18 May 1993
After 10 busy months in orbit at an altitude of about 500 km, the European Space Agency's Eureca satellite will be retrieved from Space by NASA's Space Shuttle Endeavour, on the fourth day of the STS-57 mission currently scheduled for launch on 3 June 1993 (provisional launch window 2217h -2330h GMT = 0017h -0130h Paris time on 4 June). Physical contact between Endeavour's remote manipulator system (the robot arm in the Shuttle's cargo bay) and Eureca is planned to occur at 2324h GMT on 6 June (= 0124h Paris time on 7 June).
ESA's Space Operation Centre (ESOC) in Darmstadt, Germany, has full responsibility for the control and operation of Eureca, and is currently preparing for a series of orbital manoeuvres that will adjust Eureca's altitude and orbital phase to Endeavour's planned orbit. These manoeuvres are a prerequisite for the Shuttle's final approach : grappling of Eureca by its robot arm, its berthing in Endeavour's cargo bay and subsequent safe return to Earth. The final and decisive hours of these delicate and exciting flight operations of the STS-57 mission can be followed at the European Press Centre that will be set up in ESOC for the duration of the retrieval operations.
In the night of 6 to 7 June 1993, experts from ESA's Operations Control Centre will present the highlights of the Eureca mission and the details of the rendez-vous operations. Live images from Space will allow the audience to watch Endeavour as it approaches, grapples and stows Eureca in the cargo bay. At the end of the retrieval activities, a press conference with the Flight Operations Director, the Project Manager and the Project Scientist will conclude the night's programme.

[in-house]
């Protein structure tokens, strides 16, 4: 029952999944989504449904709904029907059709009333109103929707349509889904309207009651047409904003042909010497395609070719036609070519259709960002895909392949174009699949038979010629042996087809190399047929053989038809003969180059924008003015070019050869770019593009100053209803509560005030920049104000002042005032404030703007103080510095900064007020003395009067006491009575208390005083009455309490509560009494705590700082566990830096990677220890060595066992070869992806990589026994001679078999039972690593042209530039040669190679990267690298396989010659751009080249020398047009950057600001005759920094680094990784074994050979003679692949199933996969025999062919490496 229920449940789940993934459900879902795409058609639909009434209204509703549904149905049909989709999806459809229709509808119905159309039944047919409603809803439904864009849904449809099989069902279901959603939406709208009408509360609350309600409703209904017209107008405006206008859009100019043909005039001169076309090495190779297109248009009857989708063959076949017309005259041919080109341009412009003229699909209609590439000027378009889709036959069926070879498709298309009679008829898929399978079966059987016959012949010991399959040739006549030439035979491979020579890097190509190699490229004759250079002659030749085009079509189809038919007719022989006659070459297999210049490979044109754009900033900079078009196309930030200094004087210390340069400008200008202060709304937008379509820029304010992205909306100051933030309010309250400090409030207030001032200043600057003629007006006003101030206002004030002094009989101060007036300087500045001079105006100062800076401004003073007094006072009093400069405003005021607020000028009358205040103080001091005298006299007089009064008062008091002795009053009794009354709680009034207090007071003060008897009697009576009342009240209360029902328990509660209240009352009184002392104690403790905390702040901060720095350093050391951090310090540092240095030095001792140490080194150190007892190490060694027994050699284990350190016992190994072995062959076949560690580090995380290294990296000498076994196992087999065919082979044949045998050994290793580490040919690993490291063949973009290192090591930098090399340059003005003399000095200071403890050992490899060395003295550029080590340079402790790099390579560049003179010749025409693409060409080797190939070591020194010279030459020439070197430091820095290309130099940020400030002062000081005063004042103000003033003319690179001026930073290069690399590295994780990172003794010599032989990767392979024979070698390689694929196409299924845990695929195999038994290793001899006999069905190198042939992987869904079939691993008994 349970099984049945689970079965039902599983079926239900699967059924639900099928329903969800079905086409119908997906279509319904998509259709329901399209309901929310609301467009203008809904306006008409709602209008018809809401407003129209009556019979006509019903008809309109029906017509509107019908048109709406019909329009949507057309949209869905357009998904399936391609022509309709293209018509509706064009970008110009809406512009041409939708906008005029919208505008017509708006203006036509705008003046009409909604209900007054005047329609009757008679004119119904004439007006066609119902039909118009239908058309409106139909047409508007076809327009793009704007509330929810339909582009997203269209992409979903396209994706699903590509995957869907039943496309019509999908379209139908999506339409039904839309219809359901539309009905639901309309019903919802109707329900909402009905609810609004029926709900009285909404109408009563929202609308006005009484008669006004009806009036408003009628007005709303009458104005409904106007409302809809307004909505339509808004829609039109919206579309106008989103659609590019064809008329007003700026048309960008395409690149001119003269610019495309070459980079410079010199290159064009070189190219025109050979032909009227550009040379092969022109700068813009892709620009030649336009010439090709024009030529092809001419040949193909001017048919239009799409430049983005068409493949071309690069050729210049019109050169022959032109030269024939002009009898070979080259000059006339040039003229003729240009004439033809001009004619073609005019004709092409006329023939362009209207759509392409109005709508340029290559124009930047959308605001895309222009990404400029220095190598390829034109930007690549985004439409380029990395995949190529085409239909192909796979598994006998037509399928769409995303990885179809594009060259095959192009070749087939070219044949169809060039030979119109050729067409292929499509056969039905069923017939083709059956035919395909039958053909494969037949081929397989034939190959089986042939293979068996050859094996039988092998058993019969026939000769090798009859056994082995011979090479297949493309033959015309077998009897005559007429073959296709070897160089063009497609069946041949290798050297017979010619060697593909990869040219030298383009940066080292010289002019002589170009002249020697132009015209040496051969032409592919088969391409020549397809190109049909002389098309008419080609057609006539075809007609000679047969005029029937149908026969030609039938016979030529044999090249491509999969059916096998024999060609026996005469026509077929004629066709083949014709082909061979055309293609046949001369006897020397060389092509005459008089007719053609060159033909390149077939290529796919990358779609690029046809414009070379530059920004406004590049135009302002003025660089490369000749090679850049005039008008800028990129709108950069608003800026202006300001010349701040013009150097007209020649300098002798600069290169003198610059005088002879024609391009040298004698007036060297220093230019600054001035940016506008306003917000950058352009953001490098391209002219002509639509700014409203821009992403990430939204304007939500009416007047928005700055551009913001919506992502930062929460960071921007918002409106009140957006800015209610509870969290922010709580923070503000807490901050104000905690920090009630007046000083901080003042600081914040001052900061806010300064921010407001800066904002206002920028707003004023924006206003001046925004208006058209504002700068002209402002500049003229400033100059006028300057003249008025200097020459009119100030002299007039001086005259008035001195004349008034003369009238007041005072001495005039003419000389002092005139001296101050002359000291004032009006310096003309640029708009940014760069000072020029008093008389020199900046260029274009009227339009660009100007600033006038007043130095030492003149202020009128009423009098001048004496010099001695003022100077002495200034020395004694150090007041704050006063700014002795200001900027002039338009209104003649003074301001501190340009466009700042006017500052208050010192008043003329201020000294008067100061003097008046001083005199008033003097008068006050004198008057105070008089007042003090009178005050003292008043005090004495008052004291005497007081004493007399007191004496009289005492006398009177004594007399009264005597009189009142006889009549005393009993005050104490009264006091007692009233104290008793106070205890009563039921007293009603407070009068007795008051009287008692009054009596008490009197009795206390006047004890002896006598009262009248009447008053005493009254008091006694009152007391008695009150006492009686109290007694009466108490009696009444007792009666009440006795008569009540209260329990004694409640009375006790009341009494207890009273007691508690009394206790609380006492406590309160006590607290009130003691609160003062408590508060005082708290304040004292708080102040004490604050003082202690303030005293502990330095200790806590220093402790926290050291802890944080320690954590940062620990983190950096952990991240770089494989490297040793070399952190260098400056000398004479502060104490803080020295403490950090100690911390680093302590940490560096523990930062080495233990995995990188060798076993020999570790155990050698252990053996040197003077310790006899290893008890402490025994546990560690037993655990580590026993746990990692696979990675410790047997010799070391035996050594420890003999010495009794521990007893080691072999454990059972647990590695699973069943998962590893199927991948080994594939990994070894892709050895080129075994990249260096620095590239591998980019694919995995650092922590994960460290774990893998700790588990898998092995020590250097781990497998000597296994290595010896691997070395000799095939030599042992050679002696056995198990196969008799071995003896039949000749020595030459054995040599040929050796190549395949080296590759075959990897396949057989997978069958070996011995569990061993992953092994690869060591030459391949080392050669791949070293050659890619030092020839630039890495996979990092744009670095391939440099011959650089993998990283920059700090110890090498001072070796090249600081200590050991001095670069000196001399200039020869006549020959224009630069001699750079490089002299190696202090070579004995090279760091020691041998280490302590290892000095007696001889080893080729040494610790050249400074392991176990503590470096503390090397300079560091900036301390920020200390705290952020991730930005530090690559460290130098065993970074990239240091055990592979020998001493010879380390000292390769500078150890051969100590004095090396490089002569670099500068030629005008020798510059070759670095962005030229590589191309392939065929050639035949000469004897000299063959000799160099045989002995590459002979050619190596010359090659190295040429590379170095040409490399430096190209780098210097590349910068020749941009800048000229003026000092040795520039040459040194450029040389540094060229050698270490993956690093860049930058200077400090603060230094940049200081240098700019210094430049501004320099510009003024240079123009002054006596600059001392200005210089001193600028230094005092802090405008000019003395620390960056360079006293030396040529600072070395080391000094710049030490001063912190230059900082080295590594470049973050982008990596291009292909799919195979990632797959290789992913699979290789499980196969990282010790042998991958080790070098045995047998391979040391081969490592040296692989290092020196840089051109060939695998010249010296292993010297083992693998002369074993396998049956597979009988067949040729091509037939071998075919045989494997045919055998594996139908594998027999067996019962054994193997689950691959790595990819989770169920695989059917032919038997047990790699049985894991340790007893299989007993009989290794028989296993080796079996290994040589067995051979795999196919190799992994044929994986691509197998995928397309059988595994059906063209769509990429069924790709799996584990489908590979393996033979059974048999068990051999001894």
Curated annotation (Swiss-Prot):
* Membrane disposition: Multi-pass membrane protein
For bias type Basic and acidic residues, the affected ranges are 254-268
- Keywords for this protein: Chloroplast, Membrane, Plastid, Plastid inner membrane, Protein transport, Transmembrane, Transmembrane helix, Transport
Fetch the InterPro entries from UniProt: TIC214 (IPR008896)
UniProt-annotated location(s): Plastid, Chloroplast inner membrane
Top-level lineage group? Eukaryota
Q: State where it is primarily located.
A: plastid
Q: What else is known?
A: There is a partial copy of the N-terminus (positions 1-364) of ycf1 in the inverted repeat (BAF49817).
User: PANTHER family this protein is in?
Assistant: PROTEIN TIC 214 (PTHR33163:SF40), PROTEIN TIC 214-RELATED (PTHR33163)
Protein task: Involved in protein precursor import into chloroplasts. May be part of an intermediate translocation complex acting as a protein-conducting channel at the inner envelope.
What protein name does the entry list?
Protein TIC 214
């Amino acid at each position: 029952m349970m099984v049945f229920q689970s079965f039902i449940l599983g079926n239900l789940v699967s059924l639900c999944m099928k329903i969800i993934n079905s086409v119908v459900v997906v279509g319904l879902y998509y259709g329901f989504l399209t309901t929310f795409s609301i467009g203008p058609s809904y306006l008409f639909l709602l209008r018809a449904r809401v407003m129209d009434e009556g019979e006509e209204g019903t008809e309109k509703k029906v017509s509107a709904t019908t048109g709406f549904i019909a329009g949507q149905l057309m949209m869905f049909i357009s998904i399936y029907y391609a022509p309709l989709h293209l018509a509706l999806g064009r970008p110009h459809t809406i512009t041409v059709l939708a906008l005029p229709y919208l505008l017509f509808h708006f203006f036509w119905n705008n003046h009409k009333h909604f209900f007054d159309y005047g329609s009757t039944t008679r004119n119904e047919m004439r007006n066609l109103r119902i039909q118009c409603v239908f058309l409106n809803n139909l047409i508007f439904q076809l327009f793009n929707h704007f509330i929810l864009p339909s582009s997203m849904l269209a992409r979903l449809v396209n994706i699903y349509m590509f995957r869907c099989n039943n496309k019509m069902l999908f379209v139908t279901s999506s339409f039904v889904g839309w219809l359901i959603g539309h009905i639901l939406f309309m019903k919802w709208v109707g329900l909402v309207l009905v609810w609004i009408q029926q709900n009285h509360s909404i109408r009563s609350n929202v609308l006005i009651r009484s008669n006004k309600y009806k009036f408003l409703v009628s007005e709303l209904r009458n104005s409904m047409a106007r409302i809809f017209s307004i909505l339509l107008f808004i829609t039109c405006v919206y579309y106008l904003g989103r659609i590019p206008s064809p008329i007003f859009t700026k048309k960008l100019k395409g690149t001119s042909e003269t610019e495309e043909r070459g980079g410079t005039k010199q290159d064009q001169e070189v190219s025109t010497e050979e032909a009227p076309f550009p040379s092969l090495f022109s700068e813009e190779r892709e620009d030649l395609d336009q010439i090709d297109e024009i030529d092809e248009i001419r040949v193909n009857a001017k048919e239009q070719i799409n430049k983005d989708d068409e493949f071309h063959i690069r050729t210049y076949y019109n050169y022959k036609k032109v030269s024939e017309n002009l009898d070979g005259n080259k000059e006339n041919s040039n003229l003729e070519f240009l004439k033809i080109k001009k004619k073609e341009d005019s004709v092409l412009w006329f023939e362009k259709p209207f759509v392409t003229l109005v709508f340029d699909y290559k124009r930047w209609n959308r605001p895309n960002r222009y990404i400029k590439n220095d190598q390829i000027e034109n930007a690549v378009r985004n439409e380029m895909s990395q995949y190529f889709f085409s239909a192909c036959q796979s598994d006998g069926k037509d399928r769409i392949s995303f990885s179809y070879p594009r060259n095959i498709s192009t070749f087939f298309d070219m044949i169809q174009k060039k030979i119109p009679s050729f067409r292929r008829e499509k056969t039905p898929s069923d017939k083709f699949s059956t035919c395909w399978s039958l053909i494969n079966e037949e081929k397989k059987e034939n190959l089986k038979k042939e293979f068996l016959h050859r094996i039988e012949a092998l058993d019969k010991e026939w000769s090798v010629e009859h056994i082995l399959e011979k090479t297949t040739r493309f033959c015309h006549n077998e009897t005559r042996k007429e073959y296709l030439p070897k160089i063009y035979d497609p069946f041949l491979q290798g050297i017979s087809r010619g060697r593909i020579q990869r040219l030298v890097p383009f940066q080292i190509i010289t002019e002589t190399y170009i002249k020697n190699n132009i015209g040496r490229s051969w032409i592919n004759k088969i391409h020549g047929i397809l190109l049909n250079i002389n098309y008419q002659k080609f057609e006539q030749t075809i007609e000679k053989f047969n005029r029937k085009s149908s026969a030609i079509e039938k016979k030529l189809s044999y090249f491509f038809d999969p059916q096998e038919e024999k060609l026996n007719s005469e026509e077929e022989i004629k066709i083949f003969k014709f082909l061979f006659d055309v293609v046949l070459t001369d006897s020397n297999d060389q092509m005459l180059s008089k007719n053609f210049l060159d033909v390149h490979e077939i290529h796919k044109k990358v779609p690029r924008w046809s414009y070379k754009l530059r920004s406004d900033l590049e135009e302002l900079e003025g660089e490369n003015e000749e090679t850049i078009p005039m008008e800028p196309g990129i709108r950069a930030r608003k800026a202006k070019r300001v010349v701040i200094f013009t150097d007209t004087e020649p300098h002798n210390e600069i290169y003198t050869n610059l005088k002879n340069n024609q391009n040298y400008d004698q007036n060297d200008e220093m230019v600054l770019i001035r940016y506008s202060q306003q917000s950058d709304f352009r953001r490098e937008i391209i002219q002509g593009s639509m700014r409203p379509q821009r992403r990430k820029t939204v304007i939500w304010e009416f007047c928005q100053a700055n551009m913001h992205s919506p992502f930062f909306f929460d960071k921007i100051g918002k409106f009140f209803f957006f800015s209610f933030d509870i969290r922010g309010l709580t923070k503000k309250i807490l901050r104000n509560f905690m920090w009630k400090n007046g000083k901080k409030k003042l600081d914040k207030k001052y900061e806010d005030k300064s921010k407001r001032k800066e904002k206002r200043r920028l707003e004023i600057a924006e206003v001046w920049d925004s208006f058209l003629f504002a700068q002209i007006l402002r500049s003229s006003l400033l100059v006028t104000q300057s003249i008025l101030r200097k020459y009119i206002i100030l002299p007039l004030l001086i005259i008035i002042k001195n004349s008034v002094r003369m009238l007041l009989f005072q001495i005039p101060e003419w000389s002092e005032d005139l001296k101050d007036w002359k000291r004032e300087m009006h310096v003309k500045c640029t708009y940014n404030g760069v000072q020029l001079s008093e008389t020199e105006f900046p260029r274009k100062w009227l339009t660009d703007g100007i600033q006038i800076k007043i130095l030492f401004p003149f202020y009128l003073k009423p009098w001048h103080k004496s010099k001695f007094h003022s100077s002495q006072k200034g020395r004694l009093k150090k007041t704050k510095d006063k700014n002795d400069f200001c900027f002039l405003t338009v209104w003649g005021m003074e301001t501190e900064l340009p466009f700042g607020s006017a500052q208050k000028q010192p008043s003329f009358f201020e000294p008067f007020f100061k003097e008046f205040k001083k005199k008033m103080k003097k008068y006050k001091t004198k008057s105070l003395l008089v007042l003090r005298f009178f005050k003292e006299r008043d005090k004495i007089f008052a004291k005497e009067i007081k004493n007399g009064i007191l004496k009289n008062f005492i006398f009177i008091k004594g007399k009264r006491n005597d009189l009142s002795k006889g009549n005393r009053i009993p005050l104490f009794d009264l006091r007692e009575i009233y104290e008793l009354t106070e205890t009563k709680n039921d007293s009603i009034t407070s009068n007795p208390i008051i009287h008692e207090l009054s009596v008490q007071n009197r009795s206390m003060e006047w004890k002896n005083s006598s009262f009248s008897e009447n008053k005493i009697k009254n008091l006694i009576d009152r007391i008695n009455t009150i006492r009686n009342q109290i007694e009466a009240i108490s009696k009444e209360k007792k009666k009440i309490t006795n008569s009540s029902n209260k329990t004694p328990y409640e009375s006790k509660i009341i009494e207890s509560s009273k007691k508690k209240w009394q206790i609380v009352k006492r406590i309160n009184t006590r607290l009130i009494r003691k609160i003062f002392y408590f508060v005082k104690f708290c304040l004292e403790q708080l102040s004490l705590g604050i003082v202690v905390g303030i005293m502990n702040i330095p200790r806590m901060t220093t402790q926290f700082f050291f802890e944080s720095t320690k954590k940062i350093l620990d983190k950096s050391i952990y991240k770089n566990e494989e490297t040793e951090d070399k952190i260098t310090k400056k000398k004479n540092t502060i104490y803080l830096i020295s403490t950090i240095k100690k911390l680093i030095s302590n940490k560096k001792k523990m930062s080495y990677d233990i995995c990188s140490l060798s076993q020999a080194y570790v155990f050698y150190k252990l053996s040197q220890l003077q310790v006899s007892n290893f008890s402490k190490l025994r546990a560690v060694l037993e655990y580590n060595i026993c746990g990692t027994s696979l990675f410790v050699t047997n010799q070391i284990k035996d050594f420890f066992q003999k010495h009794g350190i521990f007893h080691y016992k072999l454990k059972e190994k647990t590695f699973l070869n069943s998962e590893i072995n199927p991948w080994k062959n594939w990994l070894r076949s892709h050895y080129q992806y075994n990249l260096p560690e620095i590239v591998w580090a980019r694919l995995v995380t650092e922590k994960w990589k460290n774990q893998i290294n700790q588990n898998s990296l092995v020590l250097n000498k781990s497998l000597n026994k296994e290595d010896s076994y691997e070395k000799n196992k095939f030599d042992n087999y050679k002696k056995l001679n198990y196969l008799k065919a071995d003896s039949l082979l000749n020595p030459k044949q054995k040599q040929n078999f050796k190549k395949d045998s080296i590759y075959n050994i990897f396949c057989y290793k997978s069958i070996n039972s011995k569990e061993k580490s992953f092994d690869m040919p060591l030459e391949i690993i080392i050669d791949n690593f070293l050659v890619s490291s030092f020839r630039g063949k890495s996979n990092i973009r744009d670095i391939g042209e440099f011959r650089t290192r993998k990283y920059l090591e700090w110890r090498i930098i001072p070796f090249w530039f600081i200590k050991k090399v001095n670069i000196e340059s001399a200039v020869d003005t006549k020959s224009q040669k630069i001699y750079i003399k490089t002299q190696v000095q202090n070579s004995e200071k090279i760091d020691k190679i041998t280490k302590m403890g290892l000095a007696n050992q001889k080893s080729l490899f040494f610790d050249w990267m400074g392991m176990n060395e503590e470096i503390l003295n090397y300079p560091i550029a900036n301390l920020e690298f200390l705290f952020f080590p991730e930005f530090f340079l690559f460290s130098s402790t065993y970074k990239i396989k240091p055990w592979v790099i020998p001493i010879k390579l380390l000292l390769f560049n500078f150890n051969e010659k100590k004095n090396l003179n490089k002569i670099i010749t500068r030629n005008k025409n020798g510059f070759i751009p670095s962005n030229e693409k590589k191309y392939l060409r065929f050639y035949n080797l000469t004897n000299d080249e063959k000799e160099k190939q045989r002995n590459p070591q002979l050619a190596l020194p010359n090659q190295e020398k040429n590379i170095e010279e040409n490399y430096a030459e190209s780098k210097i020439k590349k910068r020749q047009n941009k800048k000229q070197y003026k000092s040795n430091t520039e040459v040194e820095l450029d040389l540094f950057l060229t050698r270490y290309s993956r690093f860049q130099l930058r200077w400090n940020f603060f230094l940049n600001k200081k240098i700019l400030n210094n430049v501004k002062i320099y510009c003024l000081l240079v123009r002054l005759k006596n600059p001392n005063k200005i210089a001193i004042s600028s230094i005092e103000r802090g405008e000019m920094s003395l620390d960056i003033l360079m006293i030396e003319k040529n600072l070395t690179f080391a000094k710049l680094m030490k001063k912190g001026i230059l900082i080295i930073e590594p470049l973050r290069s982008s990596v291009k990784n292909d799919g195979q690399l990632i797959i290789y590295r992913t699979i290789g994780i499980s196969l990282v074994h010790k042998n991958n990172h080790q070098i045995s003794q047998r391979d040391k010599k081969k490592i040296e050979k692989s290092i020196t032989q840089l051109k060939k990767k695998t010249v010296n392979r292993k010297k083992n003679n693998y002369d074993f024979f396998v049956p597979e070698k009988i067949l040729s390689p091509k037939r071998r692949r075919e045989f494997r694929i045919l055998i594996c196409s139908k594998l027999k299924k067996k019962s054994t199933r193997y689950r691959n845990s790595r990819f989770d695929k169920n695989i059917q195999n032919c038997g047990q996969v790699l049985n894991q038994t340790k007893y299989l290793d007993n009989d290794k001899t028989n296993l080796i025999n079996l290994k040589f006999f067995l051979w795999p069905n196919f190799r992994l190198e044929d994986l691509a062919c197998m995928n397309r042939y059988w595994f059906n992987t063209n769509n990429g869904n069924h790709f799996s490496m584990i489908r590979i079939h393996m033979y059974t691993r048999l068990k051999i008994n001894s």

The Presss Centre at ESOC will be open from 2230h on 6 June. The official programme will start at 2330h and will end at 0230h on 7 June. Media intending to follow the event are kindly requested to fill in and return the attached form to the ESOC Public Relations Office, preferably by fax (Nr. +49 6151- 90 2961).
Note to Editors
Eureca was launched on 31 July 1992 by Space Shuttle Atlantis and released into Space on 2 August by ESA astronaut Claude Nicollier operating the Shuttle's remote manipulator system. Eureca is the largest spacecraft ever built and flown by ESA, weighing 4500 kg and measuring 20 m across, and is the first to be returned to Earth for sample access and potential re-flight.
Eureca's 1000 kg multidisciplinary payload consists of 15 different active experiment facilities and three passive 'add-ons'. This ensemble made it possible to carry out successfully 71 individual experiments serving 31 scientists and researchers - the Principal Investigators - from 29 institutes in eight ESA member countries. The research undertaken using the Eureca payload ranges from exobiology to crystal growth, material processing, particle collection, surface physics, technology applications and scientific observation of the Earth's atmosphere, of the Sun and of celestial X-ray sources.